Saving money in the long run often means starting with the right coating, which is determined by the type of product, its characteristics and the desired bake. Sugar and moisture content, fillings, toppings, and inclusions all factor into the type of coating needed for the proper release, said Trevor Walker, vice-president of North American sales, Bundy Baking Solutions.

“Coatings can be selected to match a bakery’s needs by understanding the product, type of pan and desired result,” he explained. “Because coatings act as a lubricant, it’s important to understand the characteristics of the baked product in relation to its resistance to heat, chemicals and humidity of baking.”

During the 2019 International Baking Industry Exposition, he added, the question that came up often involved new glazes for buns.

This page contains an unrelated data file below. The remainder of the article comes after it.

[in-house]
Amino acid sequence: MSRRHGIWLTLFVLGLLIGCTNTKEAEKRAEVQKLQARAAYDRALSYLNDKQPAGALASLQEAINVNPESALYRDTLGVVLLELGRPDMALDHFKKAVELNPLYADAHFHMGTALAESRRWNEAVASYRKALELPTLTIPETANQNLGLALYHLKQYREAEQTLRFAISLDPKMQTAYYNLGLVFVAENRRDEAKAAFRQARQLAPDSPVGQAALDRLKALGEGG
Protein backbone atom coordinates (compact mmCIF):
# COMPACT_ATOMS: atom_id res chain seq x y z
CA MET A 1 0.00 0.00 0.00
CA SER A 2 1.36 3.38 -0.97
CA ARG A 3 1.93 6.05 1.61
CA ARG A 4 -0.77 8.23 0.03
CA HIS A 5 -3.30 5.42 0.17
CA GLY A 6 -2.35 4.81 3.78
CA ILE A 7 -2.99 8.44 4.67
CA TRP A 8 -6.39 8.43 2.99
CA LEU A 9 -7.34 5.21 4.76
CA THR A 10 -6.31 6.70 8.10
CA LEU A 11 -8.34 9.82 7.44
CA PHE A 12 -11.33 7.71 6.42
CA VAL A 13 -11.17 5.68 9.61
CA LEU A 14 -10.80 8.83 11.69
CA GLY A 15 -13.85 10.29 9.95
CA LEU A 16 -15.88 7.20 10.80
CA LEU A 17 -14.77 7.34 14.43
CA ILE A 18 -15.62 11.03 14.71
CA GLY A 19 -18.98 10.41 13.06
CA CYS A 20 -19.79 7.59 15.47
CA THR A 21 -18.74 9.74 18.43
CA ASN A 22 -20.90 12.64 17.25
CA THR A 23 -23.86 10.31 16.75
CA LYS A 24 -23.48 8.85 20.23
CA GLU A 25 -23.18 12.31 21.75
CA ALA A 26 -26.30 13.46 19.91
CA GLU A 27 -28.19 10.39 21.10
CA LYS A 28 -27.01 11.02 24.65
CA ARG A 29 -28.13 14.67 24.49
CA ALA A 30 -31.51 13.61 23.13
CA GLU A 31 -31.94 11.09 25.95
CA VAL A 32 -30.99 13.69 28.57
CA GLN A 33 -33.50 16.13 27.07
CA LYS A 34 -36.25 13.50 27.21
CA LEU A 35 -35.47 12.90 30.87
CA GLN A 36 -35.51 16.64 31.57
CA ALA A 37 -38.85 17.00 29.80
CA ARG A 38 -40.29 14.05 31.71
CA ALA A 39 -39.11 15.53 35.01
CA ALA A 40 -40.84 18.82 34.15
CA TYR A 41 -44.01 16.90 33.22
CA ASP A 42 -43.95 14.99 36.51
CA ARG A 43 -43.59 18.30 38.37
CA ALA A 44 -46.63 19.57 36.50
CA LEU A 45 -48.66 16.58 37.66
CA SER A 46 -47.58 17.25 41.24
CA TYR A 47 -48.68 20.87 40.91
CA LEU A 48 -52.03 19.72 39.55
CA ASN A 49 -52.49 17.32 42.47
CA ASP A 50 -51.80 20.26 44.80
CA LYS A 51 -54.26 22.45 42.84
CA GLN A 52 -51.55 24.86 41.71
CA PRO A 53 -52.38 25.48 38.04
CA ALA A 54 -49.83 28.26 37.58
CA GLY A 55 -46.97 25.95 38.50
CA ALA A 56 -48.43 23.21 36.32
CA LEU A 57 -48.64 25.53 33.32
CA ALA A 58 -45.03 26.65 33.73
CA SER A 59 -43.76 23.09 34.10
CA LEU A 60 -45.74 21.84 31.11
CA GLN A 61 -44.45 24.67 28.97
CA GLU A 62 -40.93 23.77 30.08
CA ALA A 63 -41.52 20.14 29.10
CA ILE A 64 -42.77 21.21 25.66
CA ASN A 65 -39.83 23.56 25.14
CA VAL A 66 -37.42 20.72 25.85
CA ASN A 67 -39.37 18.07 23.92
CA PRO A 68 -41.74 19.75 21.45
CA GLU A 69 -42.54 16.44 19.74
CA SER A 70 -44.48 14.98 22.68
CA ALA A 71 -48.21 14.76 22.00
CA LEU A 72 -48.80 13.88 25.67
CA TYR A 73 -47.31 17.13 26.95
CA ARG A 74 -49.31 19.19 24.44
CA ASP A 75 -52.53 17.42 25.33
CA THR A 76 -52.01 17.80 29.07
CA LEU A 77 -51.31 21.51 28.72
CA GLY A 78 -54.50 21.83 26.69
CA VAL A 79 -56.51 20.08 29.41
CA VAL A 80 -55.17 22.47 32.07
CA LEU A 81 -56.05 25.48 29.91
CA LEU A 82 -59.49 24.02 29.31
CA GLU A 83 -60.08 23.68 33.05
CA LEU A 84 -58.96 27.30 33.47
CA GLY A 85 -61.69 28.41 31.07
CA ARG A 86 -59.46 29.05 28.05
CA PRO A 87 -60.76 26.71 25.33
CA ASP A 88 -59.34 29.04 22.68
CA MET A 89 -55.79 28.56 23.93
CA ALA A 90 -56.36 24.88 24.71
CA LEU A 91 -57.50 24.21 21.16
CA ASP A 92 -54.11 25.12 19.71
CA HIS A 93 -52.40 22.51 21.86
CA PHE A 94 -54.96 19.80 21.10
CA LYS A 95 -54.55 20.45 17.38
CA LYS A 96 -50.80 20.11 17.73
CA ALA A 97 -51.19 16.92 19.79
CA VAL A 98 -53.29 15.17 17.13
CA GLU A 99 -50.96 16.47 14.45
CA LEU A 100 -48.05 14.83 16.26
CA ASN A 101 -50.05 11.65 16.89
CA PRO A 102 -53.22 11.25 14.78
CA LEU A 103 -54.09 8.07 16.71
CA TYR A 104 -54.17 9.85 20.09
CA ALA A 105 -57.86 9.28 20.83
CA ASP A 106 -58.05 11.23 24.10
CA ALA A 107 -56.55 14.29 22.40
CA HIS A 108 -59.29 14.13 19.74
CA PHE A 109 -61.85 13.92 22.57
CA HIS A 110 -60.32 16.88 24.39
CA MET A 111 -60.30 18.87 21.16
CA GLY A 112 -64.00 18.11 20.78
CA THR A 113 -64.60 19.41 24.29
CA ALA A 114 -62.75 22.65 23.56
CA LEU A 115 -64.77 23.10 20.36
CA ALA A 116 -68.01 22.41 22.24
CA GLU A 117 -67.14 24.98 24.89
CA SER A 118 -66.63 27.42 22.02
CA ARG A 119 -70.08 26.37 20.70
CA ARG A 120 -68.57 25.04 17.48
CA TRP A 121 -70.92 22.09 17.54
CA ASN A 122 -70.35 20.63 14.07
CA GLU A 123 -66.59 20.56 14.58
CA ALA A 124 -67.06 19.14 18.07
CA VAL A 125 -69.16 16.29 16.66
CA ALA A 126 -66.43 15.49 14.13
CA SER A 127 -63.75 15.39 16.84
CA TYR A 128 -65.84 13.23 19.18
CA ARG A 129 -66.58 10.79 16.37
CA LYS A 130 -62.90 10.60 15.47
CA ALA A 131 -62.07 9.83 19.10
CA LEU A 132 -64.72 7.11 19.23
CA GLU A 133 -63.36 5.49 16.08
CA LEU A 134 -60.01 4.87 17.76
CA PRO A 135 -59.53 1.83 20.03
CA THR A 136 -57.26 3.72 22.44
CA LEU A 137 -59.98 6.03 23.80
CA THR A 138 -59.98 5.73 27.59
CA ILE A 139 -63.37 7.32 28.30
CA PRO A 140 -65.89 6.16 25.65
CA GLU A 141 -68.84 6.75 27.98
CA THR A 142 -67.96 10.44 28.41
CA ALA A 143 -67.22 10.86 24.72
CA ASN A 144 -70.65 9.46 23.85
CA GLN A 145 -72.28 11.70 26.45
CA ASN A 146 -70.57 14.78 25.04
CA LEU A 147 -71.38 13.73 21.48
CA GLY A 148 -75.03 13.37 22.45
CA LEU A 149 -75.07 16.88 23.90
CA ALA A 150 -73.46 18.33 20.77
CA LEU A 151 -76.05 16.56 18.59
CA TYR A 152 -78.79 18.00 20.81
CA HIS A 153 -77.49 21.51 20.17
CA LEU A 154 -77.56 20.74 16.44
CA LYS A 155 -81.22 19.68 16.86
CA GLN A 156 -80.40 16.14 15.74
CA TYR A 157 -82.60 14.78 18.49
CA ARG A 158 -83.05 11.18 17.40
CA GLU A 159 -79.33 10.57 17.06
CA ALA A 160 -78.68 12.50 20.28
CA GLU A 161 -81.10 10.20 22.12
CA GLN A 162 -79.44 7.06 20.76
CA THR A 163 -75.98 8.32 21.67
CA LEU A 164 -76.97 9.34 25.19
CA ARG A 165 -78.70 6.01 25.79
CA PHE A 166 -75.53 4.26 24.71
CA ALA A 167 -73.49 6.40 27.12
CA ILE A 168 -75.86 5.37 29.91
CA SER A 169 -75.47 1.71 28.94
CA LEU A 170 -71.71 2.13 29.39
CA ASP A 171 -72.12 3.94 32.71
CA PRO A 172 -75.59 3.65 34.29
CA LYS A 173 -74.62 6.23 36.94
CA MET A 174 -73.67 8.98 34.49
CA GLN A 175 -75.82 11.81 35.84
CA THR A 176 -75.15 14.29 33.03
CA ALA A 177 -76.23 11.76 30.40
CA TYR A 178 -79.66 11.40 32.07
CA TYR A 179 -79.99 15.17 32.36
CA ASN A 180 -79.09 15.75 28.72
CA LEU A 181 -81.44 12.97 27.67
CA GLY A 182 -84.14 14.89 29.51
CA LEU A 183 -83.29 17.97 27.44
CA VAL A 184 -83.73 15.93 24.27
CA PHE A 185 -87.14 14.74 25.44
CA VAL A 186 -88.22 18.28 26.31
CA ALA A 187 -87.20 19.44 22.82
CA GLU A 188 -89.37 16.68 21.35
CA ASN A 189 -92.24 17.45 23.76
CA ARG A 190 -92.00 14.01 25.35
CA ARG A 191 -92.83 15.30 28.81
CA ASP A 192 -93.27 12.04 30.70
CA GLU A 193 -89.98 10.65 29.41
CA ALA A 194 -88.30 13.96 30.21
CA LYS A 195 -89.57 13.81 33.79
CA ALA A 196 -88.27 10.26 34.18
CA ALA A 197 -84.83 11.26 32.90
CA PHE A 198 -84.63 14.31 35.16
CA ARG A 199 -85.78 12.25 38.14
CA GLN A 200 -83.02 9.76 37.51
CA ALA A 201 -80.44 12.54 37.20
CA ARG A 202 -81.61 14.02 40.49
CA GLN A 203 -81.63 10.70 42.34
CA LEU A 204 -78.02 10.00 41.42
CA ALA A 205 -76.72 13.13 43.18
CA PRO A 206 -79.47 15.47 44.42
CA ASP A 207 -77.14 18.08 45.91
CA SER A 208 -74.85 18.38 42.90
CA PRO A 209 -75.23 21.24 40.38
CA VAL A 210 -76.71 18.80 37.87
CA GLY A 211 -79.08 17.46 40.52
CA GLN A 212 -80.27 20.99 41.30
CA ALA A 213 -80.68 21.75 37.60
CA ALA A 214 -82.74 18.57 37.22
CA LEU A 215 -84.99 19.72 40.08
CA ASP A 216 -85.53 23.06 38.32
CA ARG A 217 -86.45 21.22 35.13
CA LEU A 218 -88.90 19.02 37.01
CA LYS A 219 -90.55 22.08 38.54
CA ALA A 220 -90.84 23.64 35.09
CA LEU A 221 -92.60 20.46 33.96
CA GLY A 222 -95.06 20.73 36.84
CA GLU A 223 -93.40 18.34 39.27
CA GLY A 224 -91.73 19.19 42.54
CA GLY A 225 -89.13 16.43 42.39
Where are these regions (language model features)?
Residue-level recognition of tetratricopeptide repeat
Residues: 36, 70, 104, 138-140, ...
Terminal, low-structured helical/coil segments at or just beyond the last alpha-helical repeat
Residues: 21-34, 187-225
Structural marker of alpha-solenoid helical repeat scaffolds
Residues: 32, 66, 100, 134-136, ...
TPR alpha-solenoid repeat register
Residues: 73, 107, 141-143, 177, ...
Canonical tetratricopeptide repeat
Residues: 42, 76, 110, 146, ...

“Customers wanted to know about the best release agent and prevention of residual buildup of the glaze on the pans,” Mr. Walker said. “We are offering more pan coating options than ever to meet specific needs of our customers.”

Bundy Baking Solutions’ DuraShield line now includes new options to prevent corrosion and provide greater abrasion resistance, greater thermal stability and longer release life. Likewise, Mr. Walker said its OptiShield line of coatings has multiple formulations to match specific products and conditions in different bakeries. The company also improved the performance of its Americoat silicone glaze to provide additional releases.

For frozen waffle production, Bühler Group offers CELAS, a permanent surface coating for adherent-free baking. It was developed to replace Teflon coating in challenging baking processes. While Teflon coating needs to be renewed every six to eight weeks, CELAS has a minimum 20,000-hour lifetime, which allows for cost savings and less downtime, according to the company.

High-protein and other better-for-you products are pushing the boundaries for waffle makers. TSA Griddle Systems offers a proprietary process to eliminate the cleaning and recoating requirements of Teflon.